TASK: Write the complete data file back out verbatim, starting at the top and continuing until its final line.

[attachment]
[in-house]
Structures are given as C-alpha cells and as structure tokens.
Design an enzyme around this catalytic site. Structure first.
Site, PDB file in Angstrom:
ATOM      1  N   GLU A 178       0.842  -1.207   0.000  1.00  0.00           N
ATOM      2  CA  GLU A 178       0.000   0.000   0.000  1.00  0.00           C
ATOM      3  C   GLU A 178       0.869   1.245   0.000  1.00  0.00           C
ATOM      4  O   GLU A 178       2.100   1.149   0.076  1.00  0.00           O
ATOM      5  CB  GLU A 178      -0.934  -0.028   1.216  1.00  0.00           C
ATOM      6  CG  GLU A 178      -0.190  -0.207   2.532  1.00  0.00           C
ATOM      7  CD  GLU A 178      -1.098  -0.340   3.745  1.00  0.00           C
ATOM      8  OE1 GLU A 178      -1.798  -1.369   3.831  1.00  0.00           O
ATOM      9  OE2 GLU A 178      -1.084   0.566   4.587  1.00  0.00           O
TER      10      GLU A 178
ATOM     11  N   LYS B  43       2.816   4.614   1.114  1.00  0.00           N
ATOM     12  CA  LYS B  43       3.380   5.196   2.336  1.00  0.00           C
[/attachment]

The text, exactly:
[in-house]
Structures are given as C-alpha cells and as structure tokens.
Design an enzyme around this catalytic site. Structure first.
Site, PDB file in Angstrom:
ATOM      1  N   GLU A 178       0.842  -1.207   0.000  1.00  0.00           N
ATOM      2  CA  GLU A 178       0.000   0.000   0.000  1.00  0.00           C
ATOM      3  C   GLU A 178       0.869   1.245   0.000  1.00  0.00           C
ATOM      4  O   GLU A 178       2.100   1.149   0.076  1.00  0.00           O
ATOM      5  CB  GLU A 178      -0.934  -0.028   1.216  1.00  0.00           C
ATOM      6  CG  GLU A 178      -0.190  -0.207   2.532  1.00  0.00           C
ATOM      7  CD  GLU A 178      -1.098  -0.340   3.745  1.00  0.00           C
ATOM      8  OE1 GLU A 178      -1.798  -1.369   3.831  1.00  0.00           O
ATOM      9  OE2 GLU A 178      -1.084   0.566   4.587  1.00  0.00           O
TER      10      GLU A 178
ATOM     11  N   LYS B  43       2.816   4.614   1.114  1.00  0.00           N
ATOM     12  CA  LYS B  43       3.380   5.196   2.336  1.00  0.00           C